A little further south Davis encountered a caravan going north. There were 8 young men with 15 camels that consisted of all the wealth of the families. It took 40 days to get to the mine and they had no margin of error. They were completely out of food and down to their last half litre of water and 250 miles from the nearest well. Without food a person can last for up to 2 weeks. Without water a person in the desert will die within a few hours. Yet when Davis came down to their camp, they immediately started a twig fire to brew them a cup of tea honoring the obligation to kill the last goat that keeps your children alive with its milk to feed the wandering stranger who comes into your camp at night. “This is the essence of Bedouin life, because you never know when you’ll be that stranger, cold and hungry coming out of the darkness in need of rescue.  And as I watched this young Mohamed pour me that first cup of tea after all we had heard about Islamic culture in the wake of 9/11, I thought to myself in 50 years or 40 years of doing this kind of travel and field work these are the moments that allow us all to hope.”

Is there a finer example of the Golden Rule than that? Is there a better example of connection, charity, empathy, and fellow feeling than that? Is this not the essence of religion? Or do you think the essence is belief?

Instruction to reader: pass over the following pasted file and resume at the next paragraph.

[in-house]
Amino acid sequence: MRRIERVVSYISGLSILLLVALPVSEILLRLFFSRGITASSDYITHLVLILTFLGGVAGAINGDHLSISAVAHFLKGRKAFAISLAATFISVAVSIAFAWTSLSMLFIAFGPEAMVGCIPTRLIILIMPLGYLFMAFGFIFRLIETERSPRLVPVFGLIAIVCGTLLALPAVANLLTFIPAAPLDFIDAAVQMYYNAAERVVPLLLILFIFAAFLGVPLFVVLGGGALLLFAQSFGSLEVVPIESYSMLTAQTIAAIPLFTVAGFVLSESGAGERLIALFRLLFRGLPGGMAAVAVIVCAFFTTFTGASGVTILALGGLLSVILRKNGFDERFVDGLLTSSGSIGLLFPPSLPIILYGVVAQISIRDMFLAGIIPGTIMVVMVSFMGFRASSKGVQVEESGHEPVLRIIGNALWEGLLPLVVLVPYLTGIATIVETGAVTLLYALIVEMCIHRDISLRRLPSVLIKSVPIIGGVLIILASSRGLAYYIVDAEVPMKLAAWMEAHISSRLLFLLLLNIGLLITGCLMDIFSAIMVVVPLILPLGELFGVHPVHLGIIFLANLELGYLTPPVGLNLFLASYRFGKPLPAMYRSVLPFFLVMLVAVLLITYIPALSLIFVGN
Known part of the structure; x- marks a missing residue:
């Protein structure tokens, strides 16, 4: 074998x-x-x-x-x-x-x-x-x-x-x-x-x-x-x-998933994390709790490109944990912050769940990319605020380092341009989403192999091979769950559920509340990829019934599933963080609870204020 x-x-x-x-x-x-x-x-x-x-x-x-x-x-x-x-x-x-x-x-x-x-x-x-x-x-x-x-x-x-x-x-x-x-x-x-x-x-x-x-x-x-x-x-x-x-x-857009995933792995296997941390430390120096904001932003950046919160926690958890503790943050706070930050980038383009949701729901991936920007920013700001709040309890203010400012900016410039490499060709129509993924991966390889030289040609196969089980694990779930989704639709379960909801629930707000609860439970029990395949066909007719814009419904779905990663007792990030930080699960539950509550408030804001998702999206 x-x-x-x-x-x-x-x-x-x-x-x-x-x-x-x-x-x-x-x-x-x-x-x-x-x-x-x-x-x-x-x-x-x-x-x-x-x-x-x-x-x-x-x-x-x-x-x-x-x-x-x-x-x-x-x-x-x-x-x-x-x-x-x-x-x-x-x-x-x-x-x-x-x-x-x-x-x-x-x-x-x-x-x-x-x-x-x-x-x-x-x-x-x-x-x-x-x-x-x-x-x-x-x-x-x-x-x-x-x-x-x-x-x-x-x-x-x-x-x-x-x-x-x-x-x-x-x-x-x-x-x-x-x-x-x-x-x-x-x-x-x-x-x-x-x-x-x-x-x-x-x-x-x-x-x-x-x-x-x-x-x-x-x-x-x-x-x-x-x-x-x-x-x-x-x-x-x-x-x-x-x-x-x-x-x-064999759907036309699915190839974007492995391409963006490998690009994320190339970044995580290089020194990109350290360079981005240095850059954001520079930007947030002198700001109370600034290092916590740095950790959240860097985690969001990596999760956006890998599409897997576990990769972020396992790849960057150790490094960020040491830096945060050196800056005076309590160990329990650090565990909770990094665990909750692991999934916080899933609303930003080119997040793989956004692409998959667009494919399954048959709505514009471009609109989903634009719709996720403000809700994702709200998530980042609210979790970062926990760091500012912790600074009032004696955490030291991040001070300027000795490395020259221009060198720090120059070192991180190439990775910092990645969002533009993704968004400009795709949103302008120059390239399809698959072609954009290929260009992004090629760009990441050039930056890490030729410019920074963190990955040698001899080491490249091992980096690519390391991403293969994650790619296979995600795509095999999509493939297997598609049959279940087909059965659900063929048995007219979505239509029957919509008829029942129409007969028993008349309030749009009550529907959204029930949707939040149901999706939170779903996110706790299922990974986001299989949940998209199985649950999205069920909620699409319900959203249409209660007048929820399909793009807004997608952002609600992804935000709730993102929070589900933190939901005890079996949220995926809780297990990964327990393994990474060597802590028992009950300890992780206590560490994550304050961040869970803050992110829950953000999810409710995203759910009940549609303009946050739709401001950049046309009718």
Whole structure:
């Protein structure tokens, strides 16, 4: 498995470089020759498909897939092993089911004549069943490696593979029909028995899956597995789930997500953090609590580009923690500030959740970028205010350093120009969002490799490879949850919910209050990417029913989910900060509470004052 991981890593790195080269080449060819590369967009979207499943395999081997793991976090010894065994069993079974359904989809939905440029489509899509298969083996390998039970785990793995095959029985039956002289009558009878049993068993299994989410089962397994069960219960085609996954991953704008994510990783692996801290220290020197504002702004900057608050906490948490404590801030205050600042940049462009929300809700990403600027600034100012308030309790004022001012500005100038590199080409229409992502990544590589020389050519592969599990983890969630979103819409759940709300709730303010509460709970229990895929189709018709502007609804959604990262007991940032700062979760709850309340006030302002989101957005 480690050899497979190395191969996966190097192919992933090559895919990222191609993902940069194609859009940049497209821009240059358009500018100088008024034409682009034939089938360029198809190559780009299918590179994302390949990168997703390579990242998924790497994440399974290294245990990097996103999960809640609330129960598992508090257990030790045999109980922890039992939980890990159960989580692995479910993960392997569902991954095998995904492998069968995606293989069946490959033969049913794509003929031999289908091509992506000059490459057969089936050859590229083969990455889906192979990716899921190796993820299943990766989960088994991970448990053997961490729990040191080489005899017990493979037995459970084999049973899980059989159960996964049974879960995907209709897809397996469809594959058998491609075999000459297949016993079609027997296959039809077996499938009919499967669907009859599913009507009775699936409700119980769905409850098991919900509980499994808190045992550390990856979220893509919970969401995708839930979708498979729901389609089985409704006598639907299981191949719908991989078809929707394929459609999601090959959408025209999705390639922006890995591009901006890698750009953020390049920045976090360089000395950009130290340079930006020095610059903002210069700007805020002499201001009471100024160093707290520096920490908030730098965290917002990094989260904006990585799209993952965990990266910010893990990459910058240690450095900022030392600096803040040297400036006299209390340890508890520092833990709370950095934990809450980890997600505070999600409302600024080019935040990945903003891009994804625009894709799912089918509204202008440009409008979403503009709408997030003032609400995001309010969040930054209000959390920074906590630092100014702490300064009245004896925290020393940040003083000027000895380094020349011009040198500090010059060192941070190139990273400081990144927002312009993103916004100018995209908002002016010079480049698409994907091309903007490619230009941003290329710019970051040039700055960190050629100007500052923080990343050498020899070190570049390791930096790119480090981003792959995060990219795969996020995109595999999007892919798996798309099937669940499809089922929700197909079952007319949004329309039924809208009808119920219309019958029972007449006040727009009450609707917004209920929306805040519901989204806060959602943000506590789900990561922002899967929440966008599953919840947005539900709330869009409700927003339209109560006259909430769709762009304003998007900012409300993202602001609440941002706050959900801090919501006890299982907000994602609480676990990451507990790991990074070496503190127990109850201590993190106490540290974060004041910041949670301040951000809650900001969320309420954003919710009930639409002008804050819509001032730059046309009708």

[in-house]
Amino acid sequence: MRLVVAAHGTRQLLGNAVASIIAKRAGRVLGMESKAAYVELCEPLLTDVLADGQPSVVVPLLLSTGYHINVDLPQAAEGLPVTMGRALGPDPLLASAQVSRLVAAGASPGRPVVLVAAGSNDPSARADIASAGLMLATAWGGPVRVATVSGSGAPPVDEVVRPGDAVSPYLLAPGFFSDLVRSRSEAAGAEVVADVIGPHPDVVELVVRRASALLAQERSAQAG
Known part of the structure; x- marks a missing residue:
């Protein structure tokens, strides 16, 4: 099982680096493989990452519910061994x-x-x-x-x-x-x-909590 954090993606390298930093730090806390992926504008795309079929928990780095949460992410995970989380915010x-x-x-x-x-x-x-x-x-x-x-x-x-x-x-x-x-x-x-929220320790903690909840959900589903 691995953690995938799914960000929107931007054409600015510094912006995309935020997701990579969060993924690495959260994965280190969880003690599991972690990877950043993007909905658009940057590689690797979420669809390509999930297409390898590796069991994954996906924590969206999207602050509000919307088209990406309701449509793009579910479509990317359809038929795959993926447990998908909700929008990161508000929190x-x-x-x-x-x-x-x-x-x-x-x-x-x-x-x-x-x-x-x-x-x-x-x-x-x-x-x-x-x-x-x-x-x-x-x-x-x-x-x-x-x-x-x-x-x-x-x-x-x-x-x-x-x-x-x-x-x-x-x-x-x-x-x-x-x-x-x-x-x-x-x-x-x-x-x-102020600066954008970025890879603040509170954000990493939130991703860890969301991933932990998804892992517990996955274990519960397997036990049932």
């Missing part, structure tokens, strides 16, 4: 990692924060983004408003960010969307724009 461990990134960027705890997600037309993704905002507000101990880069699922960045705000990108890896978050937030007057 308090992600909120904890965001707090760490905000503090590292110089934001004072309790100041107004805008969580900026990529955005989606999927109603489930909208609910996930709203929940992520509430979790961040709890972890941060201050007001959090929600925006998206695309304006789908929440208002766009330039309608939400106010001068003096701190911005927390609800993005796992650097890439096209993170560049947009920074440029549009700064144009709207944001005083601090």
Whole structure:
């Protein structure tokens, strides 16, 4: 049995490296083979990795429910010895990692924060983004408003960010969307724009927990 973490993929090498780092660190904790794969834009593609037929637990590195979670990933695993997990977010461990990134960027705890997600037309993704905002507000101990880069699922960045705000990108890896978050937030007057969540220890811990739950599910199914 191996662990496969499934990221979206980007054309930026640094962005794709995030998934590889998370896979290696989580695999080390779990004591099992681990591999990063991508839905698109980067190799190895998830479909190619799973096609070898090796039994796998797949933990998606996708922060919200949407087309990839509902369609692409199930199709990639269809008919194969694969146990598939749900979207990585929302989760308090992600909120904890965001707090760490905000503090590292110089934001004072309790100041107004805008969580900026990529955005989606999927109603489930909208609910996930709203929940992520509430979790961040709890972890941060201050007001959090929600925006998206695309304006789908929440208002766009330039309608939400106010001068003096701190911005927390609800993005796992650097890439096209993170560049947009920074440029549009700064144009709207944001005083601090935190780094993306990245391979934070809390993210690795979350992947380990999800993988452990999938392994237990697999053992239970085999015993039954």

Judaism: Wisdom of the Old Testament Prophets

I continue to search for the good in religion. I often criticize  religion , but I acknowledge there is a lot of good stuff there too. In fact in all the religions I have looked at there is good.

People brought up in Christian homes tend to downplay the importance of the Old Testament, and with it Judaism. Christians often see themselves as superior to the Jews, just like they do to all other religions. But is this disparagement fair? I would suggest it is not.

For example, Christians often say that the Jews believed in an “eye for an eye” while they went beyond that to “turning the other cheek.”  There are some statements in the New Testament that support that assertion. Yet there is also the clear fact that in the New Testament a God is described who would place non-believers into eternal torment. That goes way beyond an eye for an eye, but in the wrong direction. That is not turning the other cheek, which we are told to do. That is revenge, an entirely ugly emotion, of the worst kind. In fact think about revenge that goes on forever!

It is rarely a wise approach to evaluate any religion by statements made by its competitors or critics. It is much wiser to look at the religion first hand or at least listen to what sympathizers say.